Freshfel Europe has joined the UK's Fresh Produce Consortium (FPC) in calling on the UK government to extend derogations on phytosanitary certifications for fresh produce to avoid disruption come 1 April this year.
'The impact of Brexit is a big challenge for businesses on both sides of the Channel with EU exports representing over 3m tonnes of fresh fruit and vegetables to the UK, 40 per cent of the UK’s internal demand,' Freshfel highlighted. 'The sector is already facing additional annual costs of at least €55m as a result of the adaptation to new administration, customs and trading processes.
'From 1 April, the cost of official inspections and of the issuance of over 750,000 phytosanitary certificates (PCs) will be added to this economic and administrative burden, a threat which may significantly hamper the capacity of the industry to continue ‘just in time’ operations of highly perishable produce,' the group continued. 'In this context, Freshfel Europe and FPC have addressed a letter to the RT Hon Michael Gove expressing the concerns of the sector about the introduction of a requirement for PCs from 1 April.'
In the letter, Freshfel Europe and FPC have argued that this requirement will mean more than three quarters of EU fresh produce exports to the UK will require a phytosanitary certificate (approximately 2.5m tonnes).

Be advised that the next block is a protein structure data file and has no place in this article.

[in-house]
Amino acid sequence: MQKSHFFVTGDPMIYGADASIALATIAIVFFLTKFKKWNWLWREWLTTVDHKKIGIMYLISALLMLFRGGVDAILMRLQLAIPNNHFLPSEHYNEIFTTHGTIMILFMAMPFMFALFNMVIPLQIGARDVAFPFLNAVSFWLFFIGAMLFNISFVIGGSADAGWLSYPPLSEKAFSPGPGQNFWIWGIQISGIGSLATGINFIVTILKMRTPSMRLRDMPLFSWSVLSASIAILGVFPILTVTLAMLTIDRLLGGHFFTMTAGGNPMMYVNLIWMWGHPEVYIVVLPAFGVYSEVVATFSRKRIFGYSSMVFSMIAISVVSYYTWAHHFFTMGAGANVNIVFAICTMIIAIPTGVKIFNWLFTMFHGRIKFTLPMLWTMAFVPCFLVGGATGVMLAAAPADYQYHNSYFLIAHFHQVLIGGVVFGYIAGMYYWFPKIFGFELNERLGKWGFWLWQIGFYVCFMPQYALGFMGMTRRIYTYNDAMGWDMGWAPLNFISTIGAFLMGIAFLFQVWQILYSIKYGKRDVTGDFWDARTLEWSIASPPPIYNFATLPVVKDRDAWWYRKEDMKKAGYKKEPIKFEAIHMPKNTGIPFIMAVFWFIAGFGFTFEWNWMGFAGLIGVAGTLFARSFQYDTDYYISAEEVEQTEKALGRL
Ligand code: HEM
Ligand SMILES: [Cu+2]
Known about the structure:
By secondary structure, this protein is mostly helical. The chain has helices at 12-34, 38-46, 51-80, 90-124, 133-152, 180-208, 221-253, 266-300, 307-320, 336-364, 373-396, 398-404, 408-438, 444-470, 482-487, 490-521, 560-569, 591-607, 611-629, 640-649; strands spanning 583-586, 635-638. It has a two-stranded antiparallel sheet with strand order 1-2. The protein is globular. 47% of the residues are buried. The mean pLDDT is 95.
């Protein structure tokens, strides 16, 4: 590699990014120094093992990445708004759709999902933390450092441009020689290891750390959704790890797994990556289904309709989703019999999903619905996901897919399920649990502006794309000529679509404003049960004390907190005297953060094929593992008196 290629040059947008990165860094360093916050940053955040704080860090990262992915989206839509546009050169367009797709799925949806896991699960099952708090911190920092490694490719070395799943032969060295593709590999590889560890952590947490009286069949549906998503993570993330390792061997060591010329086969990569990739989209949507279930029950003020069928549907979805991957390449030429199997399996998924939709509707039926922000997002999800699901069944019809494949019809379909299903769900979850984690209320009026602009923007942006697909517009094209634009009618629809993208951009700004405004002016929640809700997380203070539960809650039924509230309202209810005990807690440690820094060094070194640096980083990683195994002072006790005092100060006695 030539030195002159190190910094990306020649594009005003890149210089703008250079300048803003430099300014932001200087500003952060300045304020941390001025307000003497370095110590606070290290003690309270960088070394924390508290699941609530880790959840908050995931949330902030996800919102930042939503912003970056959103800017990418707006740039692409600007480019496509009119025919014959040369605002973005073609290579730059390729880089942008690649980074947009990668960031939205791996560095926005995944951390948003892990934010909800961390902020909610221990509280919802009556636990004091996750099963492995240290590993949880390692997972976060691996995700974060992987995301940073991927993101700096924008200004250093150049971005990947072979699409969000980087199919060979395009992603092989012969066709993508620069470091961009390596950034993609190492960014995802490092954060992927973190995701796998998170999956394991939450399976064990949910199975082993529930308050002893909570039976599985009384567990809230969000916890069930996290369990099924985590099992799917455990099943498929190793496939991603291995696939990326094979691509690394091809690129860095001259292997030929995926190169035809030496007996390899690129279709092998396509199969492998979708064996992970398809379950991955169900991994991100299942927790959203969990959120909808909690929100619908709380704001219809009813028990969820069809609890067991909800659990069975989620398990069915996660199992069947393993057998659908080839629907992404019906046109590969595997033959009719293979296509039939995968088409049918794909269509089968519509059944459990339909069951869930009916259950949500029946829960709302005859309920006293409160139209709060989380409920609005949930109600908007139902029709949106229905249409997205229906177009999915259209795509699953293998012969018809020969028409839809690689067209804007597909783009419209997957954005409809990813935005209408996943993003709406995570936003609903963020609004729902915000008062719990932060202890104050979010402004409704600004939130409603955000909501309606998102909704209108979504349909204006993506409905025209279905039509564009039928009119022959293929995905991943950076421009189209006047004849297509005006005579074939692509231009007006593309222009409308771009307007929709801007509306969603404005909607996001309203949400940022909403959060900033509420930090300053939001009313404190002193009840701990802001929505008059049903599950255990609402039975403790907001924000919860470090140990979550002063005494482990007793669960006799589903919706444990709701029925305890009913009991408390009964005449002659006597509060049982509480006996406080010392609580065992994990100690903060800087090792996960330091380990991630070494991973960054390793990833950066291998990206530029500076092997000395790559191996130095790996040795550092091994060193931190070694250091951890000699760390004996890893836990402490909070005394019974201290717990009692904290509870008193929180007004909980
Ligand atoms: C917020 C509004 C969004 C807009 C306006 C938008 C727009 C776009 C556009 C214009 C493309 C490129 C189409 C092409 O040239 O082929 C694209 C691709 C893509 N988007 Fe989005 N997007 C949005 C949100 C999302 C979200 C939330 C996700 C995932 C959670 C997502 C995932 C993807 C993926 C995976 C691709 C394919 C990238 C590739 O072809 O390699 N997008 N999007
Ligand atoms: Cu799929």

This was described as a 'herculean effort for both the sector and public administrations', as at least 750,000 PCs would have to be issued on an annual basis to support this trade.
The reason is that whilst some bigger operators may issue a single PC per truck – for example, for exports of big categories such as apples – most EU-UK trade is highly fragmented with consignments addressed to many small customers and wholesalers and often carrying over ten PCs per truck.
This requirement will therefore lead to significant delays in orders, to blockages both at departure and arrival, and generate losses of quality and food waste.
It will also add costs to a fresh fruit and vegetables businesses already fatigued as a result of the Covid-19 pandemic.
Freshfel Europe and FPC have therefore urged the UK to introduce derogations to the almost systematic obligation of a PC for fresh produce trade across the English Channel, taking into account the very limited risk of fresh fruit and vegetables trade across the Channel after 40 years of free flow.
“We ask the UK to consider a derogation to reflect the very limited phytosanitary risk of fresh fruit and vegetables exchanges across the Channel after over 40 years of free and safe flows, and the fact that EU and UK plant health legislation will remain, at least in the mid-term, almost identical,' said Freshfel Europe general delegate Philippe Binard.
“Postponing the introduction of the phyto requirement for EU imports until electronic certification is in place would facilitate trade on both sides of the Channel,' added Nigel Jenney, chief executive of the Fresh Produce Consortium. 'It’s the very least we need to help maintain supplies of fresh produce.”